After teaching the disciples to pray Jesus tells them a story to illustrate how persistence in prayer works. A man goes to his neighbor’s door in the middle of the night asking to borrow some food so he can feed an unexpected guest. However, the neighbor calls out through the closed door that he’s in bed and he doesn’t want to wake up the whole family to answer the request. The man at the door, though, is persistent and is also somewhat perplexed. His need is real and his friendship with his neighbor is genuine. Not only that, but he knows his friend has the resources to meet his need. Perplexed or not, his faith in the good will and resources of his friend is unshaken. He doesn’t know why his friend doesn’t respond right off, but he persists, knocking again and again until his neighbor responds. Now, this story is told by our Lord to teach us to stay with it when we pray. The minor detail of the reluctant neighbor being in bed, etc. isn’t what this story is about. Obviously, unanswered prayer isn’t the result of the Lord taking a nap. The role of the Almighty is not in play here. This little illustration is about us. When I have a need, I can go directly to the Lord with that need. I go in assurance that he welcomes me to do so, and in faith that he has all the resources necessary to meet that need. With good will and faith I ask. On those occasions when the answer doesn’t come, Jesus tells me that it’s not against the rules for me to ask again. After all, like the man in the story, my need is real and I’m certain that my Neighbor can meet that need and that he’s my friend. I don’t understand why he hasn’t yet responded, but I do understand his good will toward me. So what do I do? I ask again: humbly, in faith, and probably with a bit more urgency. Asking again doesn’t show a lack of faith. In fact, it’s an affirmation of it.
Take Away: It’s nice when prayers are answered immediately, but when they aren’t it is okay for me to ask again, and again, if necessary.
Exactly, what prayer was that?
Luke 1: Your prayer has been heard.
For Zechariah it’s an once-in-a-lifetime event. He’s the priest who’ll enter the sanctuary and burn incense before the Lord. As he carefully and reverently goes about this task he sees movement to the right of the altar, then, out of nowhere an angel of the Lord appears. Zechariah would run if he could, but instead just stands there, eyes wide, mouth open, face to face with an archangel. The angel speaks reassuringly, and, to the old priest’s surprise, calls him by name. Then this angel adds, “Your prayer has been heard.” I wonder what thoughts raced through Zechariah’s mind in that instant. Here’s what I think: I imagine the old priest thinking, “What prayer is that?” You see, there was a time in his and Elizabeth’s lives when they prayed for a child most every day. They were young then and all the other couples they knew were having babies. However, time was passing and they remained childless. The years passed and they were no longer a young couple. They prayed about this less and then they gave up, disappointed but trusting God with their emptiness. Now, years later, when Gabriel says, “Your prayer has been answered” my guess is that the “baby prayer” is the farthest thing from Zechariah’s mind. Zachariah might have forgotten the prayer, but God hasn’t. Now, at the time that seems way too late for this senior adult couple, God is about to move. Once again I’m reminded that God’s ways aren’t my ways and his schedule isn’t my schedule. Beyond that, I see that God’s ways are the right ways and his time is always the right time. This realization has plenty of practical applications in my life today.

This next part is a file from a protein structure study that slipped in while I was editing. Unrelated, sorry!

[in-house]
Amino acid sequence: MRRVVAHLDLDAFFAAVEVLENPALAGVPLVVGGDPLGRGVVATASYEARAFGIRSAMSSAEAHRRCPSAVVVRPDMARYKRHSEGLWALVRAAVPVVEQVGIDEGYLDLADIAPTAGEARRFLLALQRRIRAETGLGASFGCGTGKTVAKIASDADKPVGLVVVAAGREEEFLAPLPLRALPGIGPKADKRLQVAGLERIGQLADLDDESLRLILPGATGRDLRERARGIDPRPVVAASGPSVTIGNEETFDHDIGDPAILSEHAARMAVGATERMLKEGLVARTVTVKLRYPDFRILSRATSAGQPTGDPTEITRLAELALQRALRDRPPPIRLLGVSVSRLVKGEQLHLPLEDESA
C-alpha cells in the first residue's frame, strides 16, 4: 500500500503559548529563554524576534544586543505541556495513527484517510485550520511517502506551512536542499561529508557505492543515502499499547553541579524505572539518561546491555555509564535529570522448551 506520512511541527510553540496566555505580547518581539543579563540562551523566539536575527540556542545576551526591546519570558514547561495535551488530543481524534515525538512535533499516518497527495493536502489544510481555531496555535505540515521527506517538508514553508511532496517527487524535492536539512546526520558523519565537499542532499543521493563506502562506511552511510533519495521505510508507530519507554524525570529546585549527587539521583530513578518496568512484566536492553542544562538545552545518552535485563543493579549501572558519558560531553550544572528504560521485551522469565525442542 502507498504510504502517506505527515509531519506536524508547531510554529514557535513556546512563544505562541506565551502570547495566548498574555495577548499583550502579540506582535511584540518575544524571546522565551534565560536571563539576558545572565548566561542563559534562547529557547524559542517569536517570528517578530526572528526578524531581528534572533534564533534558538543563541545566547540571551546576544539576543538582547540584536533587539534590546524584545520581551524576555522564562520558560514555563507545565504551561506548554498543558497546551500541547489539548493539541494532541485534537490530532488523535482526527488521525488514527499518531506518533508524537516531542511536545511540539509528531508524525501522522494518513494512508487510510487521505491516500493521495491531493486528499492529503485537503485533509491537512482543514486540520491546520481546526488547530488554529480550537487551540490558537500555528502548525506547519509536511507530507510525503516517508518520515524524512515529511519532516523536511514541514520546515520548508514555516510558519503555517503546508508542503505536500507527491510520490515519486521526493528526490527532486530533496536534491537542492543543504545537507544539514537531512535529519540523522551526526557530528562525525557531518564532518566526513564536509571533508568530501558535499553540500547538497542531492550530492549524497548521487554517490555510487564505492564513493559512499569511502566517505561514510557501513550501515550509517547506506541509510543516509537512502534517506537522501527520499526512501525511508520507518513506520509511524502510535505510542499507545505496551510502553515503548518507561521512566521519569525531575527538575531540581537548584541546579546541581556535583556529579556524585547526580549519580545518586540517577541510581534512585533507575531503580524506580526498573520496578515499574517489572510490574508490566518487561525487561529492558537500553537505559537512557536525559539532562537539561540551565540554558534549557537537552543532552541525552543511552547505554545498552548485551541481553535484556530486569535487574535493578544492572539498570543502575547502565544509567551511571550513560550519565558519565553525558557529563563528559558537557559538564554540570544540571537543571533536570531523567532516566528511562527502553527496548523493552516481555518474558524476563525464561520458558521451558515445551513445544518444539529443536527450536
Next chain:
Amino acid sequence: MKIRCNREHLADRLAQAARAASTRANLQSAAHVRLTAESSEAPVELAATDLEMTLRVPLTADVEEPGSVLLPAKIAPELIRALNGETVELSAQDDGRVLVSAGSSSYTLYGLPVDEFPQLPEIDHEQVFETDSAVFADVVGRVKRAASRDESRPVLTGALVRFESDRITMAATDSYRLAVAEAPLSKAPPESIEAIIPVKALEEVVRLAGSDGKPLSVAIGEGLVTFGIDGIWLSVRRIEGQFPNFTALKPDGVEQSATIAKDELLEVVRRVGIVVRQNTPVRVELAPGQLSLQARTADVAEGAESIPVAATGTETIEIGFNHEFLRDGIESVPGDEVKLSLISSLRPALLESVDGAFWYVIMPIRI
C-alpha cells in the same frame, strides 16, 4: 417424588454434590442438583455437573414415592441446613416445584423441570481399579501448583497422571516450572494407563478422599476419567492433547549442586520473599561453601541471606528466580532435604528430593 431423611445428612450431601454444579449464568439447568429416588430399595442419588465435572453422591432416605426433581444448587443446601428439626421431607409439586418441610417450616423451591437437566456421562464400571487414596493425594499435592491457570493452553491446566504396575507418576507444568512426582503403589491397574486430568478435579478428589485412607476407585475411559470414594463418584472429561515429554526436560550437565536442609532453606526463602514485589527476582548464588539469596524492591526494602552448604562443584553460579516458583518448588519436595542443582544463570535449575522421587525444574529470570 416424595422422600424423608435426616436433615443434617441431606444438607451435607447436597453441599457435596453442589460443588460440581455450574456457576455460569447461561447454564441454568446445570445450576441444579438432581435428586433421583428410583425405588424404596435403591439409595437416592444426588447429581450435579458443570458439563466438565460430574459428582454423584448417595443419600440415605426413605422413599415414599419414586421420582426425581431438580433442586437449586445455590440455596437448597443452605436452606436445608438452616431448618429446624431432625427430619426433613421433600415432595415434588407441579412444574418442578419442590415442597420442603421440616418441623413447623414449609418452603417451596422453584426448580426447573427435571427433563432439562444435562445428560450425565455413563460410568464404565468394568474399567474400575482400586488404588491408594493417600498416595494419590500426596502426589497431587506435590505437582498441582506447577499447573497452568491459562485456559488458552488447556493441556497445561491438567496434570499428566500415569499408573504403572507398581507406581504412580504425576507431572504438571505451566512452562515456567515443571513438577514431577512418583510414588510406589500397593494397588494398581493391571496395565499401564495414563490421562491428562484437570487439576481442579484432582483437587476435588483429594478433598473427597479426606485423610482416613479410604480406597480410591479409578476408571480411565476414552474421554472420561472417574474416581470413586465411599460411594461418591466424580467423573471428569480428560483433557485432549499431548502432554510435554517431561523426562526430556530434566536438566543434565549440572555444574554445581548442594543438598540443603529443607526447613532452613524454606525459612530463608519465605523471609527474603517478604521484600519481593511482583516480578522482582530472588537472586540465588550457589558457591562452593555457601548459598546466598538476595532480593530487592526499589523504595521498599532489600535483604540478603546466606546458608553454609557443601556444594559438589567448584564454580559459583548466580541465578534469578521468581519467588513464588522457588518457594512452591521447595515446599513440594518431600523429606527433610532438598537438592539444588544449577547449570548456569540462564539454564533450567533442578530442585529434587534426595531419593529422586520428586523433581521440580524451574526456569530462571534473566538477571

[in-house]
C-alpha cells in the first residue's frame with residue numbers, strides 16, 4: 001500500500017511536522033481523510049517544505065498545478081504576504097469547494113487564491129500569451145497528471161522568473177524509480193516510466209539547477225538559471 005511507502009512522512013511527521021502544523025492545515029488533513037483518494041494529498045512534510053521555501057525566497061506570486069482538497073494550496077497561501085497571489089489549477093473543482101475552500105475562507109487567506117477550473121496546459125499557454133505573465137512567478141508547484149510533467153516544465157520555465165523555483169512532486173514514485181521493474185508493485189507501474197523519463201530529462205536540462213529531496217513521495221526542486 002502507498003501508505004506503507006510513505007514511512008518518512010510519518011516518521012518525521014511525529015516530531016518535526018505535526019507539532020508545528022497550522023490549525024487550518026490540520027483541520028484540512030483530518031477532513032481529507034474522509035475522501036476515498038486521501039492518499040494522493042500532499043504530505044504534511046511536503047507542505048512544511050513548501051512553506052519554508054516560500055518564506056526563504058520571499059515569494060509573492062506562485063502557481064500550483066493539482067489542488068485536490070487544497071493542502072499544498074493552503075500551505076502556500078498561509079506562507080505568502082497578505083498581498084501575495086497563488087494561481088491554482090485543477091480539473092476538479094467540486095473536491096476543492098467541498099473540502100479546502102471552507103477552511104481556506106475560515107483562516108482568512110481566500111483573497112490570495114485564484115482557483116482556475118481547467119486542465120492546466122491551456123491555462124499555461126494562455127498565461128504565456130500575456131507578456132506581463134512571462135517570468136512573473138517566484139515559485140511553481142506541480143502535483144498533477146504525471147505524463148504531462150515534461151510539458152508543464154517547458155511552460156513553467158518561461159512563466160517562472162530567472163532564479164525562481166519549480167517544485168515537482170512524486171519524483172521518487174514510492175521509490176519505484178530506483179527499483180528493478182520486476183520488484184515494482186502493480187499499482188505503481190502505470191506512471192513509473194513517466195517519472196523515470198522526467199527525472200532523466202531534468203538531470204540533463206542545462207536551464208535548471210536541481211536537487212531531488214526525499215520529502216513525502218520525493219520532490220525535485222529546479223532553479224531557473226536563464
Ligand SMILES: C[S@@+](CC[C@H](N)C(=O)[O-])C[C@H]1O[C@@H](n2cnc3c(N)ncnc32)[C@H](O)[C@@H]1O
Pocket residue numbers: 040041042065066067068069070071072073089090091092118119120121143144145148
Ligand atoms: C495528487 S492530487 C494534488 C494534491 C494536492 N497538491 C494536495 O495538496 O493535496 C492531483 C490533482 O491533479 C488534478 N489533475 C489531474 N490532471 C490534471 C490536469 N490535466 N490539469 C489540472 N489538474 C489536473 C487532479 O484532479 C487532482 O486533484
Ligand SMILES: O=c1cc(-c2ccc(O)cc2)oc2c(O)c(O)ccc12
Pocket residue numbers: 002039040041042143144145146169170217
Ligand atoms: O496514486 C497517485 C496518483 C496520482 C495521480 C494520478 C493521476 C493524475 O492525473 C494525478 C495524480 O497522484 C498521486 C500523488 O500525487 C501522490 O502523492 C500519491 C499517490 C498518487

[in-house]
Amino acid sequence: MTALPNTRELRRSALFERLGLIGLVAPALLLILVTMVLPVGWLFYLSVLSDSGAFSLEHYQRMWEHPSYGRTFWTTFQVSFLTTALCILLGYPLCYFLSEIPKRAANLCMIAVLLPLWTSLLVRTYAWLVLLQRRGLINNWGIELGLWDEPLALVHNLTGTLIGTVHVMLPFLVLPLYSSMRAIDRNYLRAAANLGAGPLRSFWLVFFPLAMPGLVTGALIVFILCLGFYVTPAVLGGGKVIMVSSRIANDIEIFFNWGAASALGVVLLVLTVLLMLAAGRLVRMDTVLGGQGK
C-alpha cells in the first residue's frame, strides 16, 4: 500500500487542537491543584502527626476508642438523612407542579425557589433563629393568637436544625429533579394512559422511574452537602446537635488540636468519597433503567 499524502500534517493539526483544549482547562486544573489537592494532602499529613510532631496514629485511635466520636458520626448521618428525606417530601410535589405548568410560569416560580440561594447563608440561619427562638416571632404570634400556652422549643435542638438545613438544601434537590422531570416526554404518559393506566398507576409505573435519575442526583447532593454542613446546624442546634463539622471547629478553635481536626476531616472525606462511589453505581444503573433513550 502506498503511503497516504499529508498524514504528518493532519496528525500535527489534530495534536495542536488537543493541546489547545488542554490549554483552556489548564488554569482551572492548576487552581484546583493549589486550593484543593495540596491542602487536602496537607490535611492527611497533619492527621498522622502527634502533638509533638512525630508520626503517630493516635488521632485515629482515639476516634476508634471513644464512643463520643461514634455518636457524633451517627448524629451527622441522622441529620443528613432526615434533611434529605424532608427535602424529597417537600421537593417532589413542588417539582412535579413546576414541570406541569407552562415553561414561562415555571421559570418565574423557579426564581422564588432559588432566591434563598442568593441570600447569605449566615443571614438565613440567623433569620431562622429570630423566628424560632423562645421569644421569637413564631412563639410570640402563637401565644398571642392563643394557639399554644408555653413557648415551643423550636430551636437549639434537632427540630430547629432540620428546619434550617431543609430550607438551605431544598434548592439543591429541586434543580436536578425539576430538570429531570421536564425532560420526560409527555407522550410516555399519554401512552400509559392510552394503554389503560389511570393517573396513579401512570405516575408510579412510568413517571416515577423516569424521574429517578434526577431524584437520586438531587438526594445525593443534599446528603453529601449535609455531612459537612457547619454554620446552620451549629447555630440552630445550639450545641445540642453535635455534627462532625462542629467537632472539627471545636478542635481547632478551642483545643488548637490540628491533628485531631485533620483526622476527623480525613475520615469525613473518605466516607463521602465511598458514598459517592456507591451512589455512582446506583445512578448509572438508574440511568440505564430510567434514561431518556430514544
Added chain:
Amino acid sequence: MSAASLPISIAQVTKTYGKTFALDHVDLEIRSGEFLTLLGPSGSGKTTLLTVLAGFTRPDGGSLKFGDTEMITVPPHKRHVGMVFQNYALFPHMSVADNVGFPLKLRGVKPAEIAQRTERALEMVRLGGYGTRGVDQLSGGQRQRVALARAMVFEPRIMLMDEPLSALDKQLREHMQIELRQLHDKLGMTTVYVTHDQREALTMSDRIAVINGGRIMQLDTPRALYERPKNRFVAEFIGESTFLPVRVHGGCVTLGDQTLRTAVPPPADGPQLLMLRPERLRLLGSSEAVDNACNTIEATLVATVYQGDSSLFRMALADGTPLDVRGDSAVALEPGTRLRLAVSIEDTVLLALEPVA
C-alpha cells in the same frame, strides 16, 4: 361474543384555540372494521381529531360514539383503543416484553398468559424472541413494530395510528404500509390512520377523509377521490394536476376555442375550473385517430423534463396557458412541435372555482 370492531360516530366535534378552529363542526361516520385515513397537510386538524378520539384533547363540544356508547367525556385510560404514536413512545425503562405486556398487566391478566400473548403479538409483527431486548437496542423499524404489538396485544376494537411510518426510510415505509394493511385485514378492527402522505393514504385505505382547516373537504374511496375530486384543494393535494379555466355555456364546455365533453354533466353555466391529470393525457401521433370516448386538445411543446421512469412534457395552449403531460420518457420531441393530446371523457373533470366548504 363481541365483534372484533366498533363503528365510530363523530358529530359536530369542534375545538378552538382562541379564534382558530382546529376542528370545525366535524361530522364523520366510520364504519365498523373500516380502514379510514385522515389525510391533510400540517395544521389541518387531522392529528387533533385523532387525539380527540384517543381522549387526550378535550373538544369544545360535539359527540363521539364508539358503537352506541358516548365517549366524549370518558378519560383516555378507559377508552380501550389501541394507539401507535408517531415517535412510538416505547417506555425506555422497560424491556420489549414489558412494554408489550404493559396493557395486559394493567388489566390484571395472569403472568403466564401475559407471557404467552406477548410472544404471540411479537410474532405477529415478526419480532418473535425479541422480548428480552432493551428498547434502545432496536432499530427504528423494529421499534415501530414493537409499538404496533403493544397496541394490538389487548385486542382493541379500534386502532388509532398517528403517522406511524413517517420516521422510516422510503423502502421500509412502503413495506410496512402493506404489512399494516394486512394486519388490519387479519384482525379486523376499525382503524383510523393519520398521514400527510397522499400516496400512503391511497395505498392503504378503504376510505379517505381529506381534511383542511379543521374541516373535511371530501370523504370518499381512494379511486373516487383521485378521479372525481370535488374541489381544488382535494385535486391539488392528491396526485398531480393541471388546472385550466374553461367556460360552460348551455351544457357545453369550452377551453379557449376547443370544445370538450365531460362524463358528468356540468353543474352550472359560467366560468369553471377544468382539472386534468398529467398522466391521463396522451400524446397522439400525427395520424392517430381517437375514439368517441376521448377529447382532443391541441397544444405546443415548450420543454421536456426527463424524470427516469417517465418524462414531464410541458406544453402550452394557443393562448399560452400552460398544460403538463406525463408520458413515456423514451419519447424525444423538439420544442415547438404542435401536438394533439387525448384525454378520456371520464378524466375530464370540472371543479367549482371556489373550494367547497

Take Away: Never doubt the power of prayer.
Mark 11: Pray for absolutely everything.
Jesus is a man of prayer. He prays in public and he prays in private. He teaches his disciples to pray. On this final trip to Jerusalem, he drives the sellers out of the Temple grounds because they’ve turned the Temple into a place of business instead of it being a “house of prayer for the nations.” After the miracle of the fig tree Jesus points the disciples to faith and prayer, remarking that the results can move mountains. Then, he teaches his listeners to not only ask in prayer, but to also forgive that they might be forgiven. Prayer, then, for followers of Jesus is central. Our places of worship are to be focused on prayer. We’re to deal with problems and disappointments by going to prayer. As we pray, we’re to allow the Lord to help us see our own hearts and to respond as he wants us to. It’s impossible to be truly Christian yet not pray. As the disciples asked we also ask: “Lord teach us to pray.”
Take Away: Prayer is the key.
Mark 9: Then I believe. Help me with my doubts!
The man is desperate to get help for his son who’s possessed by a demon causing the boy to have dangerous convulsions. He brings him to Jesus, pleading for help. However, Jesus is absent at the time. Some of the disciples, though, have had experience with such things. They’ve been commissioned by Jesus to do exactly what needs to be done. However, in spite of their efforts the condition of the child is unchanged. Just as the father is about to leave Jesus arrives and asks what’s going on. The man explains the need. As the boy is again thrown into a seizure, Jesus asks how long this has been going on and the man answers, adding, “If you can do anything, do it…help us!” Jesus calls the man to faith reminding him that there are no “ifs” in faith. I love the answer of the desperate father. For the sake of his son he’ll banish all the “ifs” and replace them with belief. Then, with transparent honestly, he pleads “Help me with my doubts!” Oh how I identify with this good man. With the hard facts so close at hand he struggles to get a grasp on absolute faith. As he says these words, he has a son trashing about on the ground and, right before him he has Jesus, the Miracle Worker. With every fiber of his being he wants to be doubt free. Apparently, that’s good enough for Jesus. An honest struggle for faith is enough faith for the impossible to happen. As I struggle with the hard realities of life in view of the claims of God’s grace and mercy I’m often like that father. Happily, I’m reminded here that the Lord does, indeed, help us with our doubts. Even a struggling faith has power in God’s eyes.
Take Away: An honest struggle for faith is enough faith for the impossible to happen.